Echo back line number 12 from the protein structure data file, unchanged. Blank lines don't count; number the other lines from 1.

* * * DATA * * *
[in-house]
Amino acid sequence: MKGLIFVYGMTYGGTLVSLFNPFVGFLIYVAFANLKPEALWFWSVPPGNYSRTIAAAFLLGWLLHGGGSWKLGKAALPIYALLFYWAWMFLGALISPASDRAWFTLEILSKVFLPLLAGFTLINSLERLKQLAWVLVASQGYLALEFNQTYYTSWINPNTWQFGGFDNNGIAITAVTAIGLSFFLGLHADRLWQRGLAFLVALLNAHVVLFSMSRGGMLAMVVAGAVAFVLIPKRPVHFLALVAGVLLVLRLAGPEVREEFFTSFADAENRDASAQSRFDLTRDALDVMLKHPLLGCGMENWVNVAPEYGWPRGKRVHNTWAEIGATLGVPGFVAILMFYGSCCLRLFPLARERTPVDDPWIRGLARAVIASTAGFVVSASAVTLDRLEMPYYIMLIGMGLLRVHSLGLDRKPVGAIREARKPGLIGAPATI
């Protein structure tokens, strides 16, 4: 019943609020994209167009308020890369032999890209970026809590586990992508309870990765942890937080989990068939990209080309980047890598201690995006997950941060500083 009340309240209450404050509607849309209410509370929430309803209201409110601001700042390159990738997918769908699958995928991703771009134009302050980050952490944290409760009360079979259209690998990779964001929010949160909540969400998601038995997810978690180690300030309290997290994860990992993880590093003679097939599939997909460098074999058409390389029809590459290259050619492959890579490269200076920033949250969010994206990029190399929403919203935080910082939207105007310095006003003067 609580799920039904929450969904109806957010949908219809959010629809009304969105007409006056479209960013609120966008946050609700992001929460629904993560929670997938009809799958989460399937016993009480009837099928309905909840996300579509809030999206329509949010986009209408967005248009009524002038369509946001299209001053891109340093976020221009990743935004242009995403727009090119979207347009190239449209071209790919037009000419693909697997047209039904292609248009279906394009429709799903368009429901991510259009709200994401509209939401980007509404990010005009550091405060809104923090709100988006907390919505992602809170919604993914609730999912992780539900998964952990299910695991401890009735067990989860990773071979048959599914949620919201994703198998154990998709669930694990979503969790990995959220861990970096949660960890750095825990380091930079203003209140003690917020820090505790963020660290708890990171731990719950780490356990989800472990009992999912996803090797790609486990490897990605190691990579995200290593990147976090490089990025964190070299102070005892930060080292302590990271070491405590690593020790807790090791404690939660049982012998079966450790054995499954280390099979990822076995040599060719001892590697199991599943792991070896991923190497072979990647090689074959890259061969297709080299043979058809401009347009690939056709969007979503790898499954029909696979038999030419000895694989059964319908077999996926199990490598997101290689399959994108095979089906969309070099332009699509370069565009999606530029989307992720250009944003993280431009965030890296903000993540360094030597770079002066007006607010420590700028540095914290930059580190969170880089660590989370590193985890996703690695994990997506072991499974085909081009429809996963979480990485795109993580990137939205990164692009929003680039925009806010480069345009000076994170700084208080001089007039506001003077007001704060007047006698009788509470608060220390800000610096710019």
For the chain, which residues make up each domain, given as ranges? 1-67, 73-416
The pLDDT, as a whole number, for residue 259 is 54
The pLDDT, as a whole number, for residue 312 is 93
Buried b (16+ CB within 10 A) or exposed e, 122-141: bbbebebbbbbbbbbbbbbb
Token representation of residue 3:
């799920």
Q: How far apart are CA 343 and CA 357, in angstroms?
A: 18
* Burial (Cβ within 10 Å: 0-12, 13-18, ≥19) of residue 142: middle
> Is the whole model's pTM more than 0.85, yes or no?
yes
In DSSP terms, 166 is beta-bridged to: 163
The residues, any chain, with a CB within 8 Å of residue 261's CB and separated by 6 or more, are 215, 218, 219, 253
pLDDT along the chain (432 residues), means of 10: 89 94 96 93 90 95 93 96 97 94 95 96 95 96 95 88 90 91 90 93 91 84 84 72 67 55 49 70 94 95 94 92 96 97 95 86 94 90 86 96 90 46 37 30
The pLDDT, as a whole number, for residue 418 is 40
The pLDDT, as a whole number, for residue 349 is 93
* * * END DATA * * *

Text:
* Burial (Cβ within 10 Å: 0-12, 13-18, ≥19) of residue 142: middle